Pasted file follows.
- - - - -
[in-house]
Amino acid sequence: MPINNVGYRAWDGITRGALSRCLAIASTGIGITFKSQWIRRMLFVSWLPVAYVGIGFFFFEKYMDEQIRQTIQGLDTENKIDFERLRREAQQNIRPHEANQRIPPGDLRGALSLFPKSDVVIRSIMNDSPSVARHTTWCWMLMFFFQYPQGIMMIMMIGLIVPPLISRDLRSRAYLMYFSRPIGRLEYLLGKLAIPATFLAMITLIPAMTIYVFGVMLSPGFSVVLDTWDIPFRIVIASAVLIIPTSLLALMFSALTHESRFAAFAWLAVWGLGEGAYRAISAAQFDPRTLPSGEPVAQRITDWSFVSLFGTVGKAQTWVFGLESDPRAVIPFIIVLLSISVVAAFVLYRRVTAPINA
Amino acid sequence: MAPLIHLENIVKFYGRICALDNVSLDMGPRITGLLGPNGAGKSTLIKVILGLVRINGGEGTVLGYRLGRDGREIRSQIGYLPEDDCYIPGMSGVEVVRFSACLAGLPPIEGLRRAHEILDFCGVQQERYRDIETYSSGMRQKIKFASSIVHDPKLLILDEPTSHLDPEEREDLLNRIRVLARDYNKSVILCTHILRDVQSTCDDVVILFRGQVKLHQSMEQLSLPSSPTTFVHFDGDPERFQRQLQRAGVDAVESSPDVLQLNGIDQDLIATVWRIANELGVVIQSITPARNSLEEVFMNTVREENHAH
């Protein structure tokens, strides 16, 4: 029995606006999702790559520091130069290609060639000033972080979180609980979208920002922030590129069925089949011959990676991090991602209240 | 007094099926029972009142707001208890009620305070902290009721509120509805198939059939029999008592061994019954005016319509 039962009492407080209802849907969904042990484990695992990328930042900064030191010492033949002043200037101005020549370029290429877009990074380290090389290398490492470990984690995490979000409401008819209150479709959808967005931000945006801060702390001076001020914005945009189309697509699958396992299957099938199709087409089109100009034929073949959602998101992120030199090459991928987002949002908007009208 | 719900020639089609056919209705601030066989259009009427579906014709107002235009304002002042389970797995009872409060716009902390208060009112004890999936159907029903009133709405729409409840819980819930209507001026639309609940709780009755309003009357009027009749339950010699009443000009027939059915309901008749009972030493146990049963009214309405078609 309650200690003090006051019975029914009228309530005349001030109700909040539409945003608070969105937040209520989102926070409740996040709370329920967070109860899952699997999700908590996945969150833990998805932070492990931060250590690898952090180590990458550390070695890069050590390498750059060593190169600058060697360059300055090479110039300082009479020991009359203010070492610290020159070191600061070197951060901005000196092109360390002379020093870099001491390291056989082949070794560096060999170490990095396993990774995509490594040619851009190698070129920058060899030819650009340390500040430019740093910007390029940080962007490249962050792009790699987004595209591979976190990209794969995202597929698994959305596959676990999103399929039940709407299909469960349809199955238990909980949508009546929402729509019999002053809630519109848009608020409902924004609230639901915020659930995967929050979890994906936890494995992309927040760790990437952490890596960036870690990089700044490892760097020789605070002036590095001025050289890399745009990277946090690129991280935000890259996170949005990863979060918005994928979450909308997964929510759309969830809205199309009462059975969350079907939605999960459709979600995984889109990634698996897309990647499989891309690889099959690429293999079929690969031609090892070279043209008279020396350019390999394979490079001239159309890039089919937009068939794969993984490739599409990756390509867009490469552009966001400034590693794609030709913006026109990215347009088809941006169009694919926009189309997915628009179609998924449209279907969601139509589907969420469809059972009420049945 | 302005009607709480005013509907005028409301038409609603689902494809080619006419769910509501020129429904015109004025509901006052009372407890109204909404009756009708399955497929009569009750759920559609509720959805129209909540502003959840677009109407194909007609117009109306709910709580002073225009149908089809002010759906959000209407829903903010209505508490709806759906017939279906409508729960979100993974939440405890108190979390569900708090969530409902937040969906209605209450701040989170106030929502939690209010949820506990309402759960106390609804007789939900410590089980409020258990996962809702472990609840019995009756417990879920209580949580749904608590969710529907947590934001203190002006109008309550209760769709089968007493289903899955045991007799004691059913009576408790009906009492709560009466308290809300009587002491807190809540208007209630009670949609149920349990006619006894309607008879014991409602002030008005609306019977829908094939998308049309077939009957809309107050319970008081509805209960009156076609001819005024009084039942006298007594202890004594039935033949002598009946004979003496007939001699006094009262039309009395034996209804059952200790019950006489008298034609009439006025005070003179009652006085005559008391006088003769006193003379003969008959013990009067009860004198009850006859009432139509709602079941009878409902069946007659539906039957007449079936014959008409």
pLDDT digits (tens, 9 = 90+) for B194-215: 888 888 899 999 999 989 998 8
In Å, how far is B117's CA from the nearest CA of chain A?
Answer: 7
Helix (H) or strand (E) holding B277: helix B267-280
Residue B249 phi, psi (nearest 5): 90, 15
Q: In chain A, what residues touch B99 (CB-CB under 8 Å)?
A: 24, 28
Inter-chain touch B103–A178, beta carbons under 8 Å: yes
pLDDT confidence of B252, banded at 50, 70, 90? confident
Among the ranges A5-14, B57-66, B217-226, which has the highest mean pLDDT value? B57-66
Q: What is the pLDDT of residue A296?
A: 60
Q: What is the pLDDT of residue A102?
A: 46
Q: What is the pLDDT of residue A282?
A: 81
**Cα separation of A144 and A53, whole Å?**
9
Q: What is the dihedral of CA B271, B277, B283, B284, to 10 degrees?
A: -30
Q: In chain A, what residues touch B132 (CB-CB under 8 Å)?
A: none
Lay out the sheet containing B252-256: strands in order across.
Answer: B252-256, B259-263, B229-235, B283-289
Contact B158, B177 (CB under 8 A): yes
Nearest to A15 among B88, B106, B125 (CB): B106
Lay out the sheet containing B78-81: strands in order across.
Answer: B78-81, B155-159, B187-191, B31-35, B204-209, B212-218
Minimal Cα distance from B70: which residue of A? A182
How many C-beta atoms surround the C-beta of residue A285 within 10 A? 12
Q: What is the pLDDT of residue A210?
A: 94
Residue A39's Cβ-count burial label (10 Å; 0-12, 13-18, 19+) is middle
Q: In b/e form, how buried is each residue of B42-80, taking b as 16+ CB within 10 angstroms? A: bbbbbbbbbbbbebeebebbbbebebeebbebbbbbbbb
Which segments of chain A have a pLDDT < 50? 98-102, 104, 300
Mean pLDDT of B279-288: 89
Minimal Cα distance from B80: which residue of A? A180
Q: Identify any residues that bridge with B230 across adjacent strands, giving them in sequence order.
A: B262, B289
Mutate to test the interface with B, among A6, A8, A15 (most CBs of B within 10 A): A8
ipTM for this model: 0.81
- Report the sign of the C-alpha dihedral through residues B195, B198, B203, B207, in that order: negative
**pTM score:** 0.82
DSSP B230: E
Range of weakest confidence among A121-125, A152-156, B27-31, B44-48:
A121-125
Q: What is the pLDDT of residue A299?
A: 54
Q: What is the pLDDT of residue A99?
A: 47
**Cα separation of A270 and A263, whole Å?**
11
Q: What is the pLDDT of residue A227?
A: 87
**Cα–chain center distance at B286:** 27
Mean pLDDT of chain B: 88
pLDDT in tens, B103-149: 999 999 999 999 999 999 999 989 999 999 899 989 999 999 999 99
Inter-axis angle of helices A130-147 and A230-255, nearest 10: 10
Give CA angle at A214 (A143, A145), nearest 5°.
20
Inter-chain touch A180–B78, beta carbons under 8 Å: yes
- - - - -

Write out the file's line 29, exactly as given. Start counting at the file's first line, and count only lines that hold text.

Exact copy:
Contact B158, B177 (CB under 8 A): yes